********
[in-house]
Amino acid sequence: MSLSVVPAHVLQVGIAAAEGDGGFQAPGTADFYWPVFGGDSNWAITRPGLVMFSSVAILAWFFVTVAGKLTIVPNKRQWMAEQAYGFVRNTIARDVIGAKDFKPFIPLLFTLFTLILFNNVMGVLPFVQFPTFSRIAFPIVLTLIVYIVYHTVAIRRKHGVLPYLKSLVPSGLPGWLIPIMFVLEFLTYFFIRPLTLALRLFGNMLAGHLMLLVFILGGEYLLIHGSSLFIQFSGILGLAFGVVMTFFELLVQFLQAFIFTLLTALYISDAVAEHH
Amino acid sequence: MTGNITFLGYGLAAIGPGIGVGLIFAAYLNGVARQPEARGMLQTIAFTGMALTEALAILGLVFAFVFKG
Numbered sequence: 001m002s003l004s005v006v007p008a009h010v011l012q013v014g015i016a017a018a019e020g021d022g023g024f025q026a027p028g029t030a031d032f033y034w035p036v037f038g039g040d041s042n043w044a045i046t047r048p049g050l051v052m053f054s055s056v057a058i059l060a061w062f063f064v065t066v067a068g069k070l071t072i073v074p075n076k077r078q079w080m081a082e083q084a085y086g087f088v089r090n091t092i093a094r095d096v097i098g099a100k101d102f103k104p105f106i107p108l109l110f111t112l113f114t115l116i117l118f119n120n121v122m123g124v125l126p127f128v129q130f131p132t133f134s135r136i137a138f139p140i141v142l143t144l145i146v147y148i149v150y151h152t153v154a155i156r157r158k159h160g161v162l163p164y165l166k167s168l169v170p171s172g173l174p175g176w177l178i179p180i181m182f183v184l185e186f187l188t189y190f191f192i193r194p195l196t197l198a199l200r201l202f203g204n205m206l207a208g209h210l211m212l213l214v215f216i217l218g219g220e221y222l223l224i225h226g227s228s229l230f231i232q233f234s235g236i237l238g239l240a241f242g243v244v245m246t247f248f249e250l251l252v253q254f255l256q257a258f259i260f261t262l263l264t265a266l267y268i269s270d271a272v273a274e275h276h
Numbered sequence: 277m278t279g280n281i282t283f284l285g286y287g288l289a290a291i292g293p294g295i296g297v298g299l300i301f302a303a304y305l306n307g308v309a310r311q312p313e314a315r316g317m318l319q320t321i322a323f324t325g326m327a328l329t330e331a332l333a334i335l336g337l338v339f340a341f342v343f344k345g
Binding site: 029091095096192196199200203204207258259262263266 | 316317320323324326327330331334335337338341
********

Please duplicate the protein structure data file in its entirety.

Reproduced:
[in-house]
Amino acid sequence: MSLSVVPAHVLQVGIAAAEGDGGFQAPGTADFYWPVFGGDSNWAITRPGLVMFSSVAILAWFFVTVAGKLTIVPNKRQWMAEQAYGFVRNTIARDVIGAKDFKPFIPLLFTLFTLILFNNVMGVLPFVQFPTFSRIAFPIVLTLIVYIVYHTVAIRRKHGVLPYLKSLVPSGLPGWLIPIMFVLEFLTYFFIRPLTLALRLFGNMLAGHLMLLVFILGGEYLLIHGSSLFIQFSGILGLAFGVVMTFFELLVQFLQAFIFTLLTALYISDAVAEHH
Amino acid sequence: MTGNITFLGYGLAAIGPGIGVGLIFAAYLNGVARQPEARGMLQTIAFTGMALTEALAILGLVFAFVFKG
Numbered sequence: 001m002s003l004s005v006v007p008a009h010v011l012q013v014g015i016a017a018a019e020g021d022g023g024f025q026a027p028g029t030a031d032f033y034w035p036v037f038g039g040d041s042n043w044a045i046t047r048p049g050l051v052m053f054s055s056v057a058i059l060a061w062f063f064v065t066v067a068g069k070l071t072i073v074p075n076k077r078q079w080m081a082e083q084a085y086g087f088v089r090n091t092i093a094r095d096v097i098g099a100k101d102f103k104p105f106i107p108l109l110f111t112l113f114t115l116i117l118f119n120n121v122m123g124v125l126p127f128v129q130f131p132t133f134s135r136i137a138f139p140i141v142l143t144l145i146v147y148i149v150y151h152t153v154a155i156r157r158k159h160g161v162l163p164y165l166k167s168l169v170p171s172g173l174p175g176w177l178i179p180i181m182f183v184l185e186f187l188t189y190f191f192i193r194p195l196t197l198a199l200r201l202f203g204n205m206l207a208g209h210l211m212l213l214v215f216i217l218g219g220e221y222l223l224i225h226g227s228s229l230f231i232q233f234s235g236i237l238g239l240a241f242g243v244v245m246t247f248f249e250l251l252v253q254f255l256q257a258f259i260f261t262l263l264t265a266l267y268i269s270d271a272v273a274e275h276h
Numbered sequence: 277m278t279g280n281i282t283f284l285g286y287g288l289a290a291i292g293p294g295i296g297v298g299l300i301f302a303a304y305l306n307g308v309a310r311q312p313e314a315r316g317m318l319q320t321i322a323f324t325g326m327a328l329t330e331a332l333a334i335l336g337l338v339f340a341f342v343f344k345g
Binding site: 029091095096192196199200203204207258259262263266 | 316317320323324326327330331334335337338341